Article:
I’m being too extreme? In the early 80’s the BBC, in conjunction with various academic institutions, decided to undertake a modern Domesday Book. The country was painstakingly surveyed and the results put on laser disc. Today, that information cannot be accessed. Forget the current missing episodes scandal, I predict a time when there will be no Doctor Who in any format. And that time won’t be too long in the future.

      From a very gloomy Ranger today.

  • secretlybadass bar

    Interesting article Joshua. We can’t stream here – broadband here crawls like an arthritic tortoise. I’ll stick to the DVDs.
    Maybe also I’m old enough to prefer having the means of watching at my own command, not on being signed up to a company that doesn’t pay tax!

    • Lived With Otters

      You get arthritic tortoise speeds?!? So jealous! Availability online is also good (when available) for download-and-go. I can watch, say, Series 8 even more conveniently than a DVD via the microSD in my phone. It has its place – just needs a team to do what everyone else is (no wheel inventing needed).

    • Joshua N Stevens

      Thanks!
      Ah that’s a good point – and slow broadband also means downloads take forever, so the BBC Store didn’t make sense at all for you then… 😀

  • ColeBox

    I do wonder if the BBC misunderstood its customer in a different way. Opening up the BBC archive to episodes of 60’s and 70’s Play For Today was great for the vintage TV enthusiasts, but there just weren’t enough of said enthusiasts to sustain the BBC Store; especially as the vintage programmes were painfully slow to reach the service. Additionally, the vintage back-catalogue appeared to be propped up by the usual suspects that have already been available on DVD for quite a while (Doctor Who, Dads Army, OFAH etc).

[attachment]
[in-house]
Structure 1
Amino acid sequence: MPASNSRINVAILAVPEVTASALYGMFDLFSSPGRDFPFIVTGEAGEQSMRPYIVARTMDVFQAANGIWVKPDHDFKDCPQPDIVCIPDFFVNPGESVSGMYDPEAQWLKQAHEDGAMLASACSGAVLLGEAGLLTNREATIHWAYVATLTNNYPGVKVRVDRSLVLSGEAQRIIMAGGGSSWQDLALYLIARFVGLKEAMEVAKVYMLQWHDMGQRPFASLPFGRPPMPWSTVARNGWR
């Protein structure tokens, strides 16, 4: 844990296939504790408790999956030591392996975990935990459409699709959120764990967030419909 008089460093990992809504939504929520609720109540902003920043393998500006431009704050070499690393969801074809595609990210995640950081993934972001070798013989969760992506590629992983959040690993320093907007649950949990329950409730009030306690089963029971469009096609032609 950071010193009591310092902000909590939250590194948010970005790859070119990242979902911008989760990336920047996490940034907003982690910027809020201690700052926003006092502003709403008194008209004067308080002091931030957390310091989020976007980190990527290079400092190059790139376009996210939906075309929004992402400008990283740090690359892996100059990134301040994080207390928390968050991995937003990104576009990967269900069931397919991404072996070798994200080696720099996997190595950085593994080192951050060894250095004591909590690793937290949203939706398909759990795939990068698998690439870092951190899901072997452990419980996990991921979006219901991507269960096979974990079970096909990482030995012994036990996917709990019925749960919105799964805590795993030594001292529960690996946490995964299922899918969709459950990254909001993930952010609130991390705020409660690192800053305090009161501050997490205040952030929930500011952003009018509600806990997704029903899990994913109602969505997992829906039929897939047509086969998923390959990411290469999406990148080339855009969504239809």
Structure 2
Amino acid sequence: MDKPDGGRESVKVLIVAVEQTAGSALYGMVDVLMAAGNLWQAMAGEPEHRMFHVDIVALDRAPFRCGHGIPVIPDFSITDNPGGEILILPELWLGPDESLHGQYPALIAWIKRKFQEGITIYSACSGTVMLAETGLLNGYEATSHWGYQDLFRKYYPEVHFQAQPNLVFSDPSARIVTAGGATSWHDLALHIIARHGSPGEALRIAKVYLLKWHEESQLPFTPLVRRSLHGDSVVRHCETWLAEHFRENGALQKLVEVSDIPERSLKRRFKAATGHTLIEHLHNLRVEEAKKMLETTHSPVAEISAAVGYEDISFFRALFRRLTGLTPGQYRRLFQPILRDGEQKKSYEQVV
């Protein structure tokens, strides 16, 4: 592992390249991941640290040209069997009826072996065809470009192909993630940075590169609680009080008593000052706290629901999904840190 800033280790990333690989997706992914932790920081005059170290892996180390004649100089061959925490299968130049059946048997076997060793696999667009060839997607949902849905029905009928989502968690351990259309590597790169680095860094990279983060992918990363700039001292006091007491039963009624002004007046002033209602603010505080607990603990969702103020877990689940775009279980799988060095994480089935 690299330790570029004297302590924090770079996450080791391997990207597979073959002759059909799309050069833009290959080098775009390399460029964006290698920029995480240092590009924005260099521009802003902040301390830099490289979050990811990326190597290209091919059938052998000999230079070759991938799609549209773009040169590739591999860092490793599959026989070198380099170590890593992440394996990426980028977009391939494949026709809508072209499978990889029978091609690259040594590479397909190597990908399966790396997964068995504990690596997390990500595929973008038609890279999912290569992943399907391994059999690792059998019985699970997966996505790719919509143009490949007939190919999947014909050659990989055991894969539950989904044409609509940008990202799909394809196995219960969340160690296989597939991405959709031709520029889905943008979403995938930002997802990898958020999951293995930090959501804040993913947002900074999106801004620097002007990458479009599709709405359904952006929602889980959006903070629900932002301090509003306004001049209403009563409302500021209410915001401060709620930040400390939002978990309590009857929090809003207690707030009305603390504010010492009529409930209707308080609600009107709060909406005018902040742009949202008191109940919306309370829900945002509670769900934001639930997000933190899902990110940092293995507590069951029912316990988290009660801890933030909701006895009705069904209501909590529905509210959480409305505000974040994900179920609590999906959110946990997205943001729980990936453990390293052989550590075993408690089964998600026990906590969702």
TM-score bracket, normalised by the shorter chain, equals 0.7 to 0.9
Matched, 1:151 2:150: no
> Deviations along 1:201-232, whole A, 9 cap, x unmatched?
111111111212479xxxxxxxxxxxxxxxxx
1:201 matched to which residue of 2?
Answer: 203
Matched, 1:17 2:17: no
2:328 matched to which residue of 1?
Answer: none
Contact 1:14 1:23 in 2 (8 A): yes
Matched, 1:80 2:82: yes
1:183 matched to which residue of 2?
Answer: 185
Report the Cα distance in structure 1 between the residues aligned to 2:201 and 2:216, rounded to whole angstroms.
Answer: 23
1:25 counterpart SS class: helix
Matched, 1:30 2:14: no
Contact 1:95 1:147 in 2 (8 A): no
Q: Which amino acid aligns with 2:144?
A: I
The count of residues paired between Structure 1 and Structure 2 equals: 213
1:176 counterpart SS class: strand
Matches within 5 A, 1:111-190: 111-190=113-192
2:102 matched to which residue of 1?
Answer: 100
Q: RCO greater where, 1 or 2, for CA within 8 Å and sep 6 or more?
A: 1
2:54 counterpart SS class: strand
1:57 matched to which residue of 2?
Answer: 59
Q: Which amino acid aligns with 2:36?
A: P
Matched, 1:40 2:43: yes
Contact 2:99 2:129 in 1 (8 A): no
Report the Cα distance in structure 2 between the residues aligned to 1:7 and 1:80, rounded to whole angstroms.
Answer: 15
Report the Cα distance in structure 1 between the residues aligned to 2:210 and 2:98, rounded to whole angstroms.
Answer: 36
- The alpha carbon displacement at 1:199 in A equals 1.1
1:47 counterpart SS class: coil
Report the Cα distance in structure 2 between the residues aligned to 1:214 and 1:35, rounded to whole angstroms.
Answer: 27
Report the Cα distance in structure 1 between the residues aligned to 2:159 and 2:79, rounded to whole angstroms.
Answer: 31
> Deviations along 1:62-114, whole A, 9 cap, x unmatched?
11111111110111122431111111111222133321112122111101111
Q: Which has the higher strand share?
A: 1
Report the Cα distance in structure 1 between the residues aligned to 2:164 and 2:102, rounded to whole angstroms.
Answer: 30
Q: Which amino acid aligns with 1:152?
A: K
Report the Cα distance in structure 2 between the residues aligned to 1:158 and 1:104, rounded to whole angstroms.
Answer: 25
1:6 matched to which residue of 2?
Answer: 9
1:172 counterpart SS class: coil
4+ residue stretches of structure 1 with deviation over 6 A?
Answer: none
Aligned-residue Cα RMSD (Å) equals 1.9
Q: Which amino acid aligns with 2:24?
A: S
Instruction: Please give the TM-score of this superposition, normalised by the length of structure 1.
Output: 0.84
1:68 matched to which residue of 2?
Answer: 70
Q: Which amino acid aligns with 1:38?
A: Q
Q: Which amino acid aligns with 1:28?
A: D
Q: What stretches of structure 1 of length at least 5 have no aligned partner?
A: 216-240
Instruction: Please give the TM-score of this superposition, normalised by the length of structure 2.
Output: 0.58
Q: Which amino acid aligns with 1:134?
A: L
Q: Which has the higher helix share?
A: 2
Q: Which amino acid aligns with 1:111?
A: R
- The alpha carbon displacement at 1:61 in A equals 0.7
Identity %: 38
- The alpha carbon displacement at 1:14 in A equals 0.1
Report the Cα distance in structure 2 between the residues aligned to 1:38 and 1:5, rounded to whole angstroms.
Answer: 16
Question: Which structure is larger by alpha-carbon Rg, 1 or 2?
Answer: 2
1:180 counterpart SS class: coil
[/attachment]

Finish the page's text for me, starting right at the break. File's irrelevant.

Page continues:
• daft

      Yeah, it never felt like they were going in wholesale, just testing the waters. I’d imagine there various O.S. third party broadcast deals got in the way of a fully dedicated service.

      • ColeBox

        If I may digress a moment; BBC store was my only hope for getting Rockliffe’s Babies and series two of Shoestring. Network have fulfilled Rockcliffe, but I don’t hold out any hope for Shoestring series 2 at all now …

        • Womble in a pyramid

          My understanding is that there are severe copyright issues with series 2 of Shoestring (what with it being set at a radio station). Why that didn’t stop them releasing series 1 i don’t know.